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Over the past year, there have been numerous protests against Covid related lockdowns in various countries around the world. But did any of them manage to achieve their goal of convincing the government to drop restrictions?

Specifically, I’m looking for examples of governments saying something like “it would be a good idea to keep restaurants closed but the protests are now so extreme that we have to reopen them”.

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    No government is ever going to say that. The nearest you will get is "We utterly condemn these violent protests. And on a completely unrelated matter, we will be reopening the restaurants. Mar 24 at 17:23
  • @PaulJohnson something like that would also work for the purposes of this question. Basically a government that succumbed to the will of the crowd even if they never admitted it publicly. Mar 24 at 17:33
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    @JonathanReez the issue with establishing even that is the situation is so fluid. So if the government says "we are reopening the restaurants but that is not because of the protests but because the numbers are better", it might be true. Or perhaps the memories of the weighted in, even if they were not decisive.
    – SJuan76
    Mar 24 at 18:05
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    @PaulJohnson, plenty of governments acknowledge (or admit?) that they're balancing the pandemic, the economy, and other public health issues related to the lockdown (e.g. mental stress). The difference between "extimating the exhaustion of the population" and "giving in to protest" can lie in the eye of the beholder.
    – o.m.
    Mar 24 at 19:00
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Germany?

It is a bit of a tricky situation because there are the federal government, 16 state governments, and even county-level officials involved, but it appears that "the government" agreed to ease lockdown measures in recent weeks despite the personal conviction of Chancellor Merkel that they should be kept or even increased. She didn't have the political capital to make that happen against a groundswell of discontent with the lockdown.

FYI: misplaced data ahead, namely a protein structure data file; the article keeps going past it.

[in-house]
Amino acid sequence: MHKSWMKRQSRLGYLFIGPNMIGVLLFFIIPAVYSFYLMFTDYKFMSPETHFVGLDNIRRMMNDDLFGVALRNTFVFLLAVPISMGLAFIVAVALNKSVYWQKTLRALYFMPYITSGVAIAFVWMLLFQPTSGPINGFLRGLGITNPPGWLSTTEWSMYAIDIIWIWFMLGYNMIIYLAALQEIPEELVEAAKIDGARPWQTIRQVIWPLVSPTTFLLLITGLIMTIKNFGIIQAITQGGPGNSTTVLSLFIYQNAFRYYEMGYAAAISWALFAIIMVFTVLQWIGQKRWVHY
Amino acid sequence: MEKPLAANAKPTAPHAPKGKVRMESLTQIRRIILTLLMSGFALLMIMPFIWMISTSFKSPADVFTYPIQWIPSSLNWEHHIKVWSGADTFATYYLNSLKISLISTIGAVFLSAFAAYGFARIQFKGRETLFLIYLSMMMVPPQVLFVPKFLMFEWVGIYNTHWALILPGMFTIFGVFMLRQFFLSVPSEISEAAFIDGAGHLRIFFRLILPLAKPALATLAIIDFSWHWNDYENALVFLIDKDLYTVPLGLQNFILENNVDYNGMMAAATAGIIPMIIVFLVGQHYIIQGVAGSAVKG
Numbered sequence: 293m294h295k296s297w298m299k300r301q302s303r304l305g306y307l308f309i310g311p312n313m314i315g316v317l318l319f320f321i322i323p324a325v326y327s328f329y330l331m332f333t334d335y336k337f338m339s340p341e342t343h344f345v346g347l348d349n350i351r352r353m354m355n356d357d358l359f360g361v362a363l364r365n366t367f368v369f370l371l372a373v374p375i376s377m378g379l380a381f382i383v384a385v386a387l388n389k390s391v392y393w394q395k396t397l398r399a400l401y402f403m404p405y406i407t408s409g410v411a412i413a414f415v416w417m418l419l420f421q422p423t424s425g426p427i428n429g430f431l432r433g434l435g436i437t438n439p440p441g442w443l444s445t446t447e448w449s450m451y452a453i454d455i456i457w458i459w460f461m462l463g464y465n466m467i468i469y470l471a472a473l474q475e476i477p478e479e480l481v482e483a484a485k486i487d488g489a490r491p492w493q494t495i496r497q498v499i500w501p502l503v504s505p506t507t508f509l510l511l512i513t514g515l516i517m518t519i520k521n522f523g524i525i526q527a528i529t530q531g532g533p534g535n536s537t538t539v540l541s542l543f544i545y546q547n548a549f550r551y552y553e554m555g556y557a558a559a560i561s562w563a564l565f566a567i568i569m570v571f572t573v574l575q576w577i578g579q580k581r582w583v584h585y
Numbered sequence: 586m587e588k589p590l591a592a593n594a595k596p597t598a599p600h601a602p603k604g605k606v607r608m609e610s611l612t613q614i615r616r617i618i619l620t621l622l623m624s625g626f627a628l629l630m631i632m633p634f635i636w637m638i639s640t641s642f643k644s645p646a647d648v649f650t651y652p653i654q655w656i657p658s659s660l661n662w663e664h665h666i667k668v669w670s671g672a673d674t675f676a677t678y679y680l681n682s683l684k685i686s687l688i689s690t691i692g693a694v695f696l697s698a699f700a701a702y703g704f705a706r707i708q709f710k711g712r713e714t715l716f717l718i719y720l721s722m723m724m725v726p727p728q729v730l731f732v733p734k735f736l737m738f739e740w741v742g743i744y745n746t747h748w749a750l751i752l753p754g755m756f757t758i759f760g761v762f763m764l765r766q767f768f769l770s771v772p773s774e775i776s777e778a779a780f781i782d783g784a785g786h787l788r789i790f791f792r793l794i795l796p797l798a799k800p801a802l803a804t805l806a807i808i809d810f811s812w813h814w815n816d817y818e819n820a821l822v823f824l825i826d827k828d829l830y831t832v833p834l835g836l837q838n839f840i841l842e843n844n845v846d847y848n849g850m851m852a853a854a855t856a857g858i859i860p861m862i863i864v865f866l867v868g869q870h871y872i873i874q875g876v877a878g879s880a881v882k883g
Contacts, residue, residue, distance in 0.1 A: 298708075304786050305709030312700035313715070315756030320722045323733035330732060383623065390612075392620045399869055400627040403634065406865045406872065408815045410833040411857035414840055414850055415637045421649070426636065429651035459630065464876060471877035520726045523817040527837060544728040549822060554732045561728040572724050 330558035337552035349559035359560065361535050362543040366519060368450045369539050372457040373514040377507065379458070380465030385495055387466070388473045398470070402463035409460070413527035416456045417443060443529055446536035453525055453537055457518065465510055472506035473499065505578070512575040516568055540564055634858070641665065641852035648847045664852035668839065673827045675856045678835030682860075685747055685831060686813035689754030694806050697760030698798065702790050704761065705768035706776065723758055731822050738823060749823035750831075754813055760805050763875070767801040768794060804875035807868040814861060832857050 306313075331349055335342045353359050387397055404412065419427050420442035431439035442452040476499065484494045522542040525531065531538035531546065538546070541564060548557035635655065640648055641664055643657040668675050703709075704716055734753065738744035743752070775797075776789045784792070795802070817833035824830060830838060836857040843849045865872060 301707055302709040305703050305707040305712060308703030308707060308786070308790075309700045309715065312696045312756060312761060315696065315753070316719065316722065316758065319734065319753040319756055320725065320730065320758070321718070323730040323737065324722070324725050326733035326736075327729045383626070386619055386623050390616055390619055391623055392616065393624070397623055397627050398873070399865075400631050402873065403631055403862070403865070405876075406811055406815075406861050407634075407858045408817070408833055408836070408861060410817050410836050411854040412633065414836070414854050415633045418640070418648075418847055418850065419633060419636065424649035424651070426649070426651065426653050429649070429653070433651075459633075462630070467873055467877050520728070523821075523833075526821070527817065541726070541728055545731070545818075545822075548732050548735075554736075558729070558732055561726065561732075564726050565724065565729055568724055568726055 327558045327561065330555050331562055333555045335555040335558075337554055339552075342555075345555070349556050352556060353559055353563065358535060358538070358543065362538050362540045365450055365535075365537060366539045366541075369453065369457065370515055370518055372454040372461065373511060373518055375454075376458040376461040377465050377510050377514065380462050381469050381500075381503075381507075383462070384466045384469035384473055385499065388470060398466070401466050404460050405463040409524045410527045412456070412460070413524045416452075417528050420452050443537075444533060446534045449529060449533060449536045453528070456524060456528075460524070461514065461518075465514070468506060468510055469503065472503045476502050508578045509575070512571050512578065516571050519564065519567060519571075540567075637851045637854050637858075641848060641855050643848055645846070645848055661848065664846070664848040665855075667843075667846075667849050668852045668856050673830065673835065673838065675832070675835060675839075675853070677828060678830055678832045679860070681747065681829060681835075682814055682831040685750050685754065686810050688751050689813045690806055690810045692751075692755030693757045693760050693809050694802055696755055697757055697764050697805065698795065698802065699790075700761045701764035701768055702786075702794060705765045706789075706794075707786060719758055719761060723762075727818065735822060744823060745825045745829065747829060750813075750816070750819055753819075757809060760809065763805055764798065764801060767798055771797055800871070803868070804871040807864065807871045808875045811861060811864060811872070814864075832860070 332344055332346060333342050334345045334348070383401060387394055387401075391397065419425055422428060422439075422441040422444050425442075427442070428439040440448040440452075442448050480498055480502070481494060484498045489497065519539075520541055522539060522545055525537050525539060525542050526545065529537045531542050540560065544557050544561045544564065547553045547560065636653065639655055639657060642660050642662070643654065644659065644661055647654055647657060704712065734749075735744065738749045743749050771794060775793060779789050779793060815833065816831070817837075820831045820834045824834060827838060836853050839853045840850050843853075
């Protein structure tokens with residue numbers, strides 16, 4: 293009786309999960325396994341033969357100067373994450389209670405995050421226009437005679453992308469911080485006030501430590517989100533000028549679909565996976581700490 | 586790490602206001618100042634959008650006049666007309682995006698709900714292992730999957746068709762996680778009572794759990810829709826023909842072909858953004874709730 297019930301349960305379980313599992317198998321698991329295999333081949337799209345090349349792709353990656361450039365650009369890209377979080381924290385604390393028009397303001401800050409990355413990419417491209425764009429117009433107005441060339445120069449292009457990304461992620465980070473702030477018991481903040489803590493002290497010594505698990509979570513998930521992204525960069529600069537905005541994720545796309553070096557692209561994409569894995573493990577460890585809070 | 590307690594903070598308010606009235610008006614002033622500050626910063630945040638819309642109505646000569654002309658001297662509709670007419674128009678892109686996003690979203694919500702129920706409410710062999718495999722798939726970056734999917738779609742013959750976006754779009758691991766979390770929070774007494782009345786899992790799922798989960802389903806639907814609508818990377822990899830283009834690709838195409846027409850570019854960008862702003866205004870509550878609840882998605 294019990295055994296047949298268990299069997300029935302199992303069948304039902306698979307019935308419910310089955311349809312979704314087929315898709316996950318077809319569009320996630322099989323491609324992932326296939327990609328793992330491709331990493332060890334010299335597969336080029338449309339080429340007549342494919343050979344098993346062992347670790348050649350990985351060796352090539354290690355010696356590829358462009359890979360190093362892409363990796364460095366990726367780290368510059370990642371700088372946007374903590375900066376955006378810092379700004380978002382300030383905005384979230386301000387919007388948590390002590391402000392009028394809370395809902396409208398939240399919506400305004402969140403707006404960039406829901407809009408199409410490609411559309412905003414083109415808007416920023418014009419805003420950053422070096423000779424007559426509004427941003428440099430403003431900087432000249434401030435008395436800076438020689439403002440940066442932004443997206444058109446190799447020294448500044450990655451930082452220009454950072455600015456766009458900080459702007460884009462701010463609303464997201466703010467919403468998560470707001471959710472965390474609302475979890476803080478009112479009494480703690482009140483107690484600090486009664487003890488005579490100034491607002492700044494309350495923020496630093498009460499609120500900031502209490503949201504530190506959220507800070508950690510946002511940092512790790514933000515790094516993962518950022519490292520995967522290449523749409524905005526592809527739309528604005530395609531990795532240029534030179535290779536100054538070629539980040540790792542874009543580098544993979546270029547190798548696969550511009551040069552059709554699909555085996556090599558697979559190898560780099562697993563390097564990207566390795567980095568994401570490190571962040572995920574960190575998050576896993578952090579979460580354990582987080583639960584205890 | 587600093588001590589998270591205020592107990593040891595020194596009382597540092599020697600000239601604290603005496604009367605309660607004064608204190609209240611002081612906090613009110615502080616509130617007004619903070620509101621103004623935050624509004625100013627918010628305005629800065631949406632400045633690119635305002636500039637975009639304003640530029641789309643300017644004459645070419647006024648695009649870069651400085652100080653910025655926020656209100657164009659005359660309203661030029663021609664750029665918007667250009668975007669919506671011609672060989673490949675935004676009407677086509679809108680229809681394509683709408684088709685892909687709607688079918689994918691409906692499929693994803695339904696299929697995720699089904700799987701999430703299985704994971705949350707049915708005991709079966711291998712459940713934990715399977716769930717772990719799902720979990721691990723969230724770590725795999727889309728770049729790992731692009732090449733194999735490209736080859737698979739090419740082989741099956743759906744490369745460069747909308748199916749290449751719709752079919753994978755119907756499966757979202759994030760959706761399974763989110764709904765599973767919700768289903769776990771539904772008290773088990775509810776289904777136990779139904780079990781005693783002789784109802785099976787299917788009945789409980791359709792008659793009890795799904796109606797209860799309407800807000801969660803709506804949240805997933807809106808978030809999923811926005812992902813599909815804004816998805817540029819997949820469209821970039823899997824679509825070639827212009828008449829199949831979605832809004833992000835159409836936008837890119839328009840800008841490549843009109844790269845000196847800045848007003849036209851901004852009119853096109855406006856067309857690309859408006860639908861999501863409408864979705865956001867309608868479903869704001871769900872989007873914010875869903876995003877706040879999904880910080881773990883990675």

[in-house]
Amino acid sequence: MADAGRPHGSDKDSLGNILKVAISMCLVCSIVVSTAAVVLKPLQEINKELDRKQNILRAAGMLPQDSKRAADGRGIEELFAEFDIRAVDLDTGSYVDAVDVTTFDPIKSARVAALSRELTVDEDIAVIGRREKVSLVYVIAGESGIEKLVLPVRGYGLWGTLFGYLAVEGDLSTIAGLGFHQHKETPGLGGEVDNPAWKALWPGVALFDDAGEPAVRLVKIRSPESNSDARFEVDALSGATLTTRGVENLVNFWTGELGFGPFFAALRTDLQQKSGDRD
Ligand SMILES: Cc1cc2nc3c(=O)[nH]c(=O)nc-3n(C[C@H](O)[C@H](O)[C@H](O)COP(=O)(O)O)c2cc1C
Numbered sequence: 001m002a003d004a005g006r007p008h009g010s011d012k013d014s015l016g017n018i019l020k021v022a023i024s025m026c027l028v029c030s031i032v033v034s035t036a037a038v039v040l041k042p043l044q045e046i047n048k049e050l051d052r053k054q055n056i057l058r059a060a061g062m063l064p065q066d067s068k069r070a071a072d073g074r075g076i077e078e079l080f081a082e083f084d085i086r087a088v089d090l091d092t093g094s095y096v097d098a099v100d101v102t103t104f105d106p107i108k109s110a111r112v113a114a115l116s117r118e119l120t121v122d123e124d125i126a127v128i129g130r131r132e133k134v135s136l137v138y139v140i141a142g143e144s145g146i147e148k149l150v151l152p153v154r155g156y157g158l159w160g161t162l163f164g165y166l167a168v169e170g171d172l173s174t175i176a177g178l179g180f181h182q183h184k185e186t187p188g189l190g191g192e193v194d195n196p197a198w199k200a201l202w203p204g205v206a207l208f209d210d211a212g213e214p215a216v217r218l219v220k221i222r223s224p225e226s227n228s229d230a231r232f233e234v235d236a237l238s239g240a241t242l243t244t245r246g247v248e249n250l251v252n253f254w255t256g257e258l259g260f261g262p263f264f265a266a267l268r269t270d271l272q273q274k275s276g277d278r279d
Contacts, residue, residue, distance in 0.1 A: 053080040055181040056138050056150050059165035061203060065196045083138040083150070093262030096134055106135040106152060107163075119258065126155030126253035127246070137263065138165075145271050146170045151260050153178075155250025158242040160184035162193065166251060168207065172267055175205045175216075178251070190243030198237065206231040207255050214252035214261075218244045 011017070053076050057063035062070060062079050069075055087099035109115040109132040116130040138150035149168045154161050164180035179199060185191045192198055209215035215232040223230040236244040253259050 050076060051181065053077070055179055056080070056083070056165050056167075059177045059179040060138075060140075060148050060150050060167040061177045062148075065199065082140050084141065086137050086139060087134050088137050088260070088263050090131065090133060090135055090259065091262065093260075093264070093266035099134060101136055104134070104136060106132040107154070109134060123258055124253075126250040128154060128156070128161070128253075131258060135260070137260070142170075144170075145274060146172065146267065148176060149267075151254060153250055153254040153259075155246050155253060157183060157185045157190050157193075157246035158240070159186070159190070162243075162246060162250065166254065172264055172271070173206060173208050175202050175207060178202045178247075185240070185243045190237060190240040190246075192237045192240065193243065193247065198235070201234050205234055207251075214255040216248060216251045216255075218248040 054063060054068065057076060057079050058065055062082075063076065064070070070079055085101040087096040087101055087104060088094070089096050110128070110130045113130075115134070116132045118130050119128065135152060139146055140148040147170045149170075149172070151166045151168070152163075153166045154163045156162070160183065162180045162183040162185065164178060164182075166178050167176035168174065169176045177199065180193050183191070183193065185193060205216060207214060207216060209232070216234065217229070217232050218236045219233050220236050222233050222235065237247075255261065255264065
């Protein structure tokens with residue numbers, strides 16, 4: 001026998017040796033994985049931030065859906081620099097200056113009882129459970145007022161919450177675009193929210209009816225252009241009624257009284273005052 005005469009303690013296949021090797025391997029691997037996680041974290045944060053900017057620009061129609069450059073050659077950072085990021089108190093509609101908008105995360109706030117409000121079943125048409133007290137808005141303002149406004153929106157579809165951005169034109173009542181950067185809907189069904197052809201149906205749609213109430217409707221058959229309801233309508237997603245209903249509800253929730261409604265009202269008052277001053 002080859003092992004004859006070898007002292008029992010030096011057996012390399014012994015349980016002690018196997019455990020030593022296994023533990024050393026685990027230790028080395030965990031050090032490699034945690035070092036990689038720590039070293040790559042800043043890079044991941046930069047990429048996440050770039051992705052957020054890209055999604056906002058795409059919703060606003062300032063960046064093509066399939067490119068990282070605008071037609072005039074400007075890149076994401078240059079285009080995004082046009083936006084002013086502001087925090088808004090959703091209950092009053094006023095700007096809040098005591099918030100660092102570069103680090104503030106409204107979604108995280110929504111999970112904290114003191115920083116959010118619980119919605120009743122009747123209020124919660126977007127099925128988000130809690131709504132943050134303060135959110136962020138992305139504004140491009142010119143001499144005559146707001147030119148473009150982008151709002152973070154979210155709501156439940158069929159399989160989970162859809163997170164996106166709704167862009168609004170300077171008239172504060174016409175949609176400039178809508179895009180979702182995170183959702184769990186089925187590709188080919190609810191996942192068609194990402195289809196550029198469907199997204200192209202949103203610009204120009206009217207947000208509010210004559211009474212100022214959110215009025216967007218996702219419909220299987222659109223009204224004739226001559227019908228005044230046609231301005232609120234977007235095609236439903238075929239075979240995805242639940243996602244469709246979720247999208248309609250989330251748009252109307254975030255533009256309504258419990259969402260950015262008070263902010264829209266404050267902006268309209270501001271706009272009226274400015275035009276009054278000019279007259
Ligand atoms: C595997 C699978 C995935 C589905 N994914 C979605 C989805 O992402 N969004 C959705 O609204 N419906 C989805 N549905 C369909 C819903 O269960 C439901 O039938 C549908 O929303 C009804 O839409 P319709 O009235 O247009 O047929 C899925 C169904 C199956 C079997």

A snap lockdown over Easter seems to have failed due to administrative challenges -- did they declare a public holiday, or didn't they? Nobody was sure.

For that matter, look at some of the local governments in the Erzgebirge.

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    Is there a correlation between which German cities had the biggest anti lockdown protests and which cities now have the least amount of restrictions? Mar 24 at 18:15
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    @JonathanReez, I don't think so. It seems to be a question of infection numbers and the fortitude of the state and county governments. Leaders in a strong position can overcome protests, weak ones cannot.
    – o.m.
    Mar 24 at 18:18
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    I think this answer is missing the link between a (supposed) public discontent and the easing of lockdown measures. From the surveys I've seen, ~25% want easing, ~40% want the lockdown to stay as-is, and ~30% want stricter measures. So overall a majority don't want easing.
    – tim
    Mar 25 at 9:45
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    @user253751, one would easily get 0% infection by closing all borders and ordering everyone to stay home for a month. The economic and humanitarian consequences would be drastic, so that is not done ...